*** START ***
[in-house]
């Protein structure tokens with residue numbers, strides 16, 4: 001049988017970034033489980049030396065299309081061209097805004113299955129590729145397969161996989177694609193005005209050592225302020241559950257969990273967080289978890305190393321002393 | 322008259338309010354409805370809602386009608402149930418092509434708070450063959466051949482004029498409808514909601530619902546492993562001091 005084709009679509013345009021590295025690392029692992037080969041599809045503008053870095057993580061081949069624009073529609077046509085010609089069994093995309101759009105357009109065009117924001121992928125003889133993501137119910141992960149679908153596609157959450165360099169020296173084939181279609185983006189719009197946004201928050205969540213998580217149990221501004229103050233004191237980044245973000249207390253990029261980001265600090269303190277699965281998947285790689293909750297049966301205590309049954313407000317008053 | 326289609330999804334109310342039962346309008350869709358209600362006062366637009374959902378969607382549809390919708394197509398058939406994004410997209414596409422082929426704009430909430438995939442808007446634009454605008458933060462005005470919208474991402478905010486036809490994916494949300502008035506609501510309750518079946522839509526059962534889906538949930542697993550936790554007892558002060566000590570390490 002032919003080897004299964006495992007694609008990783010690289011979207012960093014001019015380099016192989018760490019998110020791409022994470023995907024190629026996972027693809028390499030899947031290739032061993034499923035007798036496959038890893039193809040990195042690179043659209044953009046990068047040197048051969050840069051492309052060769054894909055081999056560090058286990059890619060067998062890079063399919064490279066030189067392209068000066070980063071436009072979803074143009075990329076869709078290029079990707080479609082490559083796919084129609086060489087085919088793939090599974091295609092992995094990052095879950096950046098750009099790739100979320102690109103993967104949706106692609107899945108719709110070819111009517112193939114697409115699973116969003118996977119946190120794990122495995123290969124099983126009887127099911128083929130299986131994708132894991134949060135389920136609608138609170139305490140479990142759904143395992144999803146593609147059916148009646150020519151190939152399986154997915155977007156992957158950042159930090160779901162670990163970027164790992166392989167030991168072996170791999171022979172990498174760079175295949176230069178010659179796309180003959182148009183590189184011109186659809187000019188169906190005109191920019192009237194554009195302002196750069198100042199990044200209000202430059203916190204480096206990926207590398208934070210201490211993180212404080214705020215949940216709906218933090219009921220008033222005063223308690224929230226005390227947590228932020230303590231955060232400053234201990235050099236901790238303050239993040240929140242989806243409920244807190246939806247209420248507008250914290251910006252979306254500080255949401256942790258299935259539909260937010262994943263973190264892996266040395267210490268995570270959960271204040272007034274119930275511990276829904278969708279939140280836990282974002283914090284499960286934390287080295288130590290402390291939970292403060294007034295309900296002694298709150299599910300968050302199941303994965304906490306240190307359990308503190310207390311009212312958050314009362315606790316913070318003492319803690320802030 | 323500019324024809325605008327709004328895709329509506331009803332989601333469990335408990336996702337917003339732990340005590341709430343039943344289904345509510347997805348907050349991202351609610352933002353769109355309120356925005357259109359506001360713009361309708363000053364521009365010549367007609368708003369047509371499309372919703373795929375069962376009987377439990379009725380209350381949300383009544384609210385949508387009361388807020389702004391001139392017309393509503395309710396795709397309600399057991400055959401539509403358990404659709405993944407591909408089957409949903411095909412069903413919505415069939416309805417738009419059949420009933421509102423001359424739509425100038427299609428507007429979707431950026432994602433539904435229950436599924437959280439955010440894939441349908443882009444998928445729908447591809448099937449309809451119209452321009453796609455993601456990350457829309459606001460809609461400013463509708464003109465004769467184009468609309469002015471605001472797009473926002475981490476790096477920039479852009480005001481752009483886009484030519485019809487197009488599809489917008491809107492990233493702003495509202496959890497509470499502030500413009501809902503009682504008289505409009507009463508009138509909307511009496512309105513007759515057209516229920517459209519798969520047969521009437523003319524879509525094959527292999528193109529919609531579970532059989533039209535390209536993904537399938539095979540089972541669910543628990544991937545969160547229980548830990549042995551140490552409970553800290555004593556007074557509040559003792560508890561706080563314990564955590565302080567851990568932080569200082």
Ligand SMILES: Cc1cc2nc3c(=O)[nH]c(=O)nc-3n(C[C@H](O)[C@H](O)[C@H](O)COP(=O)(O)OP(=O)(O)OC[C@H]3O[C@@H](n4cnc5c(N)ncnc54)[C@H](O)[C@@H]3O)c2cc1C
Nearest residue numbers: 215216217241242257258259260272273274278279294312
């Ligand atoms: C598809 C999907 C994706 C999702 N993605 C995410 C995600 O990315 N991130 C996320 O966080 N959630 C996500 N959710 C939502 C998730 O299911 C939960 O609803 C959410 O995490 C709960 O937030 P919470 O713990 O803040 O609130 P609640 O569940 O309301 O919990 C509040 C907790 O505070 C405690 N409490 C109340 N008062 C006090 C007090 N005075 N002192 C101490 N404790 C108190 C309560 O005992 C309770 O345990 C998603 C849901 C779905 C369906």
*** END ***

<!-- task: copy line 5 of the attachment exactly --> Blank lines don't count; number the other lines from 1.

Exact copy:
């Ligand atoms: C598809 C999907 C994706 C999702 N993605 C995410 C995600 O990315 N991130 C996320 O966080 N959630 C996500 N959710 C939502 C998730 O299911 C939960 O609803 C959410 O995490 C709960 O937030 P919470 O713990 O803040 O609130 P609640 O569940 O309301 O919990 C509040 C907790 O505070 C405690 N409490 C109340 N008062 C006090 C007090 N005075 N002192 C101490 N404790 C108190 C309560 O005992 C309770 O345990 C998603 C849901 C779905 C369906």